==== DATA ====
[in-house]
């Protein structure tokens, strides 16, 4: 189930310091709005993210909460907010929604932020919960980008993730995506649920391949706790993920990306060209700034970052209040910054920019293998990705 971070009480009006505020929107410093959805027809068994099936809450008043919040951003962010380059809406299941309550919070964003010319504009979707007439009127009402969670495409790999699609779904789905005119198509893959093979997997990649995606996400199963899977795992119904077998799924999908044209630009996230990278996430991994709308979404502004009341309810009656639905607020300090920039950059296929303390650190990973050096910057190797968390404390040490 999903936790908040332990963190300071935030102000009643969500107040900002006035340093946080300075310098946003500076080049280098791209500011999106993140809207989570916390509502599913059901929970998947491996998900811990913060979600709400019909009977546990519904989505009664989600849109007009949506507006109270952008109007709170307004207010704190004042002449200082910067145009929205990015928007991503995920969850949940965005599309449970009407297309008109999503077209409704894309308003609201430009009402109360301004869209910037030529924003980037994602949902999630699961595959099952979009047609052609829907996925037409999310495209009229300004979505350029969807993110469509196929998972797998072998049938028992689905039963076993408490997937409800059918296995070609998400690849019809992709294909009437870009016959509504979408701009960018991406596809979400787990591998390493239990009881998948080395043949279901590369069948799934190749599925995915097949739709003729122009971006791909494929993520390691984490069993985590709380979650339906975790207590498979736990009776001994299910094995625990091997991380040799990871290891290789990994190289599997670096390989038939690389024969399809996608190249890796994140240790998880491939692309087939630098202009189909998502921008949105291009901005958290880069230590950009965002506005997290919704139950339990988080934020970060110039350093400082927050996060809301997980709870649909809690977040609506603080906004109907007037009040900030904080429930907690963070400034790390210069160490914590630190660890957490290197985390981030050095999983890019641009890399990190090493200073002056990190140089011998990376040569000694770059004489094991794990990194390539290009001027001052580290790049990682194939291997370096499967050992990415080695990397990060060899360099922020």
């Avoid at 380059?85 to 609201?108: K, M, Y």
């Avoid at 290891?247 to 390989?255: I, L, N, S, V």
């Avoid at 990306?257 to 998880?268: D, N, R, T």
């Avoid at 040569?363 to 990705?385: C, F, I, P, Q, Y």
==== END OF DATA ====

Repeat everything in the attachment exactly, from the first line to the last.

[in-house]
């Protein structure tokens, strides 16, 4: 189930310091709005993210909460907010929604932020919960980008993730995506649920391949706790993920990306060209700034970052209040910054920019293998990705 971070009480009006505020929107410093959805027809068994099936809450008043919040951003962010380059809406299941309550919070964003010319504009979707007439009127009402969670495409790999699609779904789905005119198509893959093979997997990649995606996400199963899977795992119904077998799924999908044209630009996230990278996430991994709308979404502004009341309810009656639905607020300090920039950059296929303390650190990973050096910057190797968390404390040490 999903936790908040332990963190300071935030102000009643969500107040900002006035340093946080300075310098946003500076080049280098791209500011999106993140809207989570916390509502599913059901929970998947491996998900811990913060979600709400019909009977546990519904989505009664989600849109007009949506507006109270952008109007709170307004207010704190004042002449200082910067145009929205990015928007991503995920969850949940965005599309449970009407297309008109999503077209409704894309308003609201430009009402109360301004869209910037030529924003980037994602949902999630699961595959099952979009047609052609829907996925037409999310495209009229300004979505350029969807993110469509196929998972797998072998049938028992689905039963076993408490997937409800059918296995070609998400690849019809992709294909009437870009016959509504979408701009960018991406596809979400787990591998390493239990009881998948080395043949279901590369069948799934190749599925995915097949739709003729122009971006791909494929993520390691984490069993985590709380979650339906975790207590498979736990009776001994299910094995625990091997991380040799990871290891290789990994190289599997670096390989038939690389024969399809996608190249890796994140240790998880491939692309087939630098202009189909998502921008949105291009901005958290880069230590950009965002506005997290919704139950339990988080934020970060110039350093400082927050996060809301997980709870649909809690977040609506603080906004109907007037009040900030904080429930907690963070400034790390210069160490914590630190660890957490290197985390981030050095999983890019641009890399990190090493200073002056990190140089011998990376040569000694770059004489094991794990990194390539290009001027001052580290790049990682194939291997370096499967050992990415080695990397990060060899360099922020």
């Avoid at 380059?85 to 609201?108: K, M, Y």
């Avoid at 290891?247 to 390989?255: I, L, N, S, V």
């Avoid at 990306?257 to 998880?268: D, N, R, T």
């Avoid at 040569?363 to 990705?385: C, F, I, P, Q, Y």